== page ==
I start by commending Murdo Fraser for his sterling defence of SNP policy. It is clear that that alliance is alive and well. It certainly augurs well for their political future, although whether it does anything for Murdo remains to be seen.
Those of us who have been members since the early years of the Parliament will recall the numerous complaints that we received in our constituency postbags and at our surgeries about health-related problems. People were concerned about the length of time they had to wait for an appointment to see medical staff and about the quality of care and facilities. Those complaints justified the very real investment in the health service that the Labour-Liberal Democrat coalition Executive made to address those problems.
Was the investment justified? It was. Did it work? I think that it did. If members think of the inquiries that we receive from our constituents, I suspect that most of us would say—or would have said until recently—that there has been a significant fall in the number of health-related complaints. That is not so say that such complaints have been eliminated completely or that we will not receive individual complaints about things that cannot be justified, but the general picture is that the volume of such complaints has reduced. However, like many other MSPs, I am beginning to see a recurrence of complaints about waiting times, waiting lists and the level of service and other general concerns about the health service.
Murdo Fraser was right to say that we should measure outcomes and not look only at inputs. Ian McKee ably identified where progress can be made and has been made in the health service over many years. The problem is not that new techniques and methods of health service delivery are resulting in staff no longer being required; it is that advances mean that conditions can now be addressed that previously could not be addressed. Despite the progress that Ian McKee described, demand for our health service has not reduced. People now, rightly, have a higher expectation that the health service can meet their needs and demands. That is what we have to address.
We will always be faced with the perennial problem of whether we should have a bottomless health budget that allows any medical condition to be treated, irrespective of the cost. That is a philosophical and ethical debate and it will, no doubt, continue for many years. Yes, it is right for us to look at outcomes and not only at maintaining health service jobs, but the demands on the health service are sufficient to justify maintaining the number of medical staff at existing levels.
Anne McLaughlin said that it is wrong to spread unnecessary fear and alarm among staff about their jobs, but I think that she missed a fundamental point about the concerns of health service staff. By and large, health service staff are dedicated to the health service—they are dedicated to their patients and want the best for them. When health service staff express fear and concern, they are talking not only about their own jobs but about the impact that colleagues' job losses have on their ability to deliver the service that they believe they should deliver for patients. Staff are concerned. I am sure that Anne McLaughlin has heard the same comments from medical staff that I have heard. People are worried about their ability to do their job if the cuts impact in the way that is being suggested.
As Ross Finnie rightly said, the debate should not be about only budgets and figures. He said that there was barely a reference to patients in the motion but, understandably, any debate on the NHS is predicated on the amount of money that is available and the number of staff who are required to do the work of our health service.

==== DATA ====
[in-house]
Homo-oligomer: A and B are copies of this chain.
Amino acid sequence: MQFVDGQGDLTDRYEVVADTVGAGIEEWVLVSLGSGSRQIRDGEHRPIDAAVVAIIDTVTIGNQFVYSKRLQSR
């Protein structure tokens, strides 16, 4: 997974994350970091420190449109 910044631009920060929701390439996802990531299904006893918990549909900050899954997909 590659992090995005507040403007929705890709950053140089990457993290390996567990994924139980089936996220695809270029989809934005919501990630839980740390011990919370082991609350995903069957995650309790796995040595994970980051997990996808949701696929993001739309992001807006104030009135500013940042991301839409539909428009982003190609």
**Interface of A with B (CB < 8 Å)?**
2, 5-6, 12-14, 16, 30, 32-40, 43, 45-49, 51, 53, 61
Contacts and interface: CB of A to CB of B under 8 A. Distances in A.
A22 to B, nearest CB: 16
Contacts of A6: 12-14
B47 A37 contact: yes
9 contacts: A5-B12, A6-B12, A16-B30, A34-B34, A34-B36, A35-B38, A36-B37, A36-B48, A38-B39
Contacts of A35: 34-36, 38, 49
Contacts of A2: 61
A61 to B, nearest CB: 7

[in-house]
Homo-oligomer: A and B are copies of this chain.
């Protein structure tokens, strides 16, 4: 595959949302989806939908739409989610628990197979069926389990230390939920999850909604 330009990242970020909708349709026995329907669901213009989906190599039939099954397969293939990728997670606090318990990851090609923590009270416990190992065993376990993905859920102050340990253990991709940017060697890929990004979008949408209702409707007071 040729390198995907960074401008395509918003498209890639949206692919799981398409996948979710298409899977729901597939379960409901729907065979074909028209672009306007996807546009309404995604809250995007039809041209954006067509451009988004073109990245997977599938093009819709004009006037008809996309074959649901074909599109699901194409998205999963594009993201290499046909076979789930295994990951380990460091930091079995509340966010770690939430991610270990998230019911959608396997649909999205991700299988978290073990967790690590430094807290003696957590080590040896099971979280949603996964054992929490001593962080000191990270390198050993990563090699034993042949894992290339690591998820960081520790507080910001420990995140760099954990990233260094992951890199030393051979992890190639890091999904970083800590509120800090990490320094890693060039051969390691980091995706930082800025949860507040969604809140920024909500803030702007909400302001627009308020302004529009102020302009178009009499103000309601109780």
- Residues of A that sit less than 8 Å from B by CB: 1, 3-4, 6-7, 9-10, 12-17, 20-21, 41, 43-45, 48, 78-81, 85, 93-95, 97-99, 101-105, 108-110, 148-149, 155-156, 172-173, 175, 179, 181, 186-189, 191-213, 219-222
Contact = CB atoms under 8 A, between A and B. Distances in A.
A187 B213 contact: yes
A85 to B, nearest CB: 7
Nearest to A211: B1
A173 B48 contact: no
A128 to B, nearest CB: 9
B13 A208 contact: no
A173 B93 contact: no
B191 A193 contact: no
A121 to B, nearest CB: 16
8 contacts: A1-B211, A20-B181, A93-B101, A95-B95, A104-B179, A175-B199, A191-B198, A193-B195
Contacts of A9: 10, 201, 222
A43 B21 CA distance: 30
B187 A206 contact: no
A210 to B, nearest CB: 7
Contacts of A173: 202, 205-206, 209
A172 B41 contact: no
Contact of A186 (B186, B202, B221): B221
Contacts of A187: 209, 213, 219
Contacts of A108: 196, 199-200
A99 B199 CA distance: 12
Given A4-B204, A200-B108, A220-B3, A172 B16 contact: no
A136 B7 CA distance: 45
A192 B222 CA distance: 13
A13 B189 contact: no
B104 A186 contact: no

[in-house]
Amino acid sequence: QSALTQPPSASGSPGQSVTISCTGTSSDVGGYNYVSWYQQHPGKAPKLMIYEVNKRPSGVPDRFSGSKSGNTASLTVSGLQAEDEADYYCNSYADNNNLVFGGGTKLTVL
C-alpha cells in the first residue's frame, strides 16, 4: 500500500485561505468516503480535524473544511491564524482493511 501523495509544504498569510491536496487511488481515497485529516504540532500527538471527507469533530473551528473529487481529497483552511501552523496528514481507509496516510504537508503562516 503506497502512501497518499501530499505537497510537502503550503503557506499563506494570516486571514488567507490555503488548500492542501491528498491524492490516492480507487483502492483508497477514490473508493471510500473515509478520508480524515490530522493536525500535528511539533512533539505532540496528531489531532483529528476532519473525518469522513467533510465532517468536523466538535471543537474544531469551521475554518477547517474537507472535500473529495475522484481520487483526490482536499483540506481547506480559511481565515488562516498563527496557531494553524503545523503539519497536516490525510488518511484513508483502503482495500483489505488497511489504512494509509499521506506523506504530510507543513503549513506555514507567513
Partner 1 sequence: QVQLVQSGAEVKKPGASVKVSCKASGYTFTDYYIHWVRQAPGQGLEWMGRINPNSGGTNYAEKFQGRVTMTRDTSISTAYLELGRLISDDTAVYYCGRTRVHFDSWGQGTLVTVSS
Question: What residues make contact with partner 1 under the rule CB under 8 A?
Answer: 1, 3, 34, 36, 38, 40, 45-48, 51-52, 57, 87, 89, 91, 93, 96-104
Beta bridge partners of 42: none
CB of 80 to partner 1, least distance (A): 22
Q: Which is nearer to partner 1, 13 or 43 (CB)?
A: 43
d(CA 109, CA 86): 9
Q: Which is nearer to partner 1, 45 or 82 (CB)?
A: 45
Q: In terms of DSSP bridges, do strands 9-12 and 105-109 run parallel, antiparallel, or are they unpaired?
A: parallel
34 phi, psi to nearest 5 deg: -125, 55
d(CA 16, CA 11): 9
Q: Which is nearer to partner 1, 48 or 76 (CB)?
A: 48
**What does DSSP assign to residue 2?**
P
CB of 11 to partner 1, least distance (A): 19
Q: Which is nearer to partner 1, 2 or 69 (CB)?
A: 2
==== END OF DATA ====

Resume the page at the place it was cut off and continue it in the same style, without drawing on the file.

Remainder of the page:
However, Ross Finnie was right in saying that it is the human story that is important in a debate such as this. I will conclude by raising some of the complaints that I am now hearing in increasing number in my constituency work—and I have no doubt that the situation is replicated elsewhere. All the complaints that I will raise relate to podiatry services, which can at times be dismissed as not being vital but which are critical to the quality of life of many people in our communities, particular the elderly. The first case is that of an elderly
gentleman who had received chiropody treatment at the Royal Alexandria hospital in Paisley. Recently, he had need to contact the podiatry service again but, when he did so, he was told that he would have to wait at least six weeks for an appointment. After telling staff that the nature of his problem meant that he could not wait that length of time, he was told, "You will have to go private then." Is that the answer that we now want to give to elderly people if they can no longer get the service to which they had been accustomed—just go private? Ministers need to reflect on that.
I was contacted by another constituent with diabetes. We all know the significance of the problem that diabetes causes and will continue to cause in Scotland. My constituent used to have his toenails cut every three months, as his mobility was made difficult if the nails were left to curl. He has not had a home visit since October of last year. His carer has tried time and again to make an appointment for him, but she was told, "Well, you can just cut his nails." Are we trying to shift the responsibility on to carers?
The third and final example involves a woman whose mobility was restricted as the result of a broken ankle. She contacted the podiatry service in Paisley only to be told that no home visits were available and given no appointment for a later date. That is the human impact that the cuts are having even before we start to see the consequences of a loss in staff numbers. That is something that the Parliament needs to address.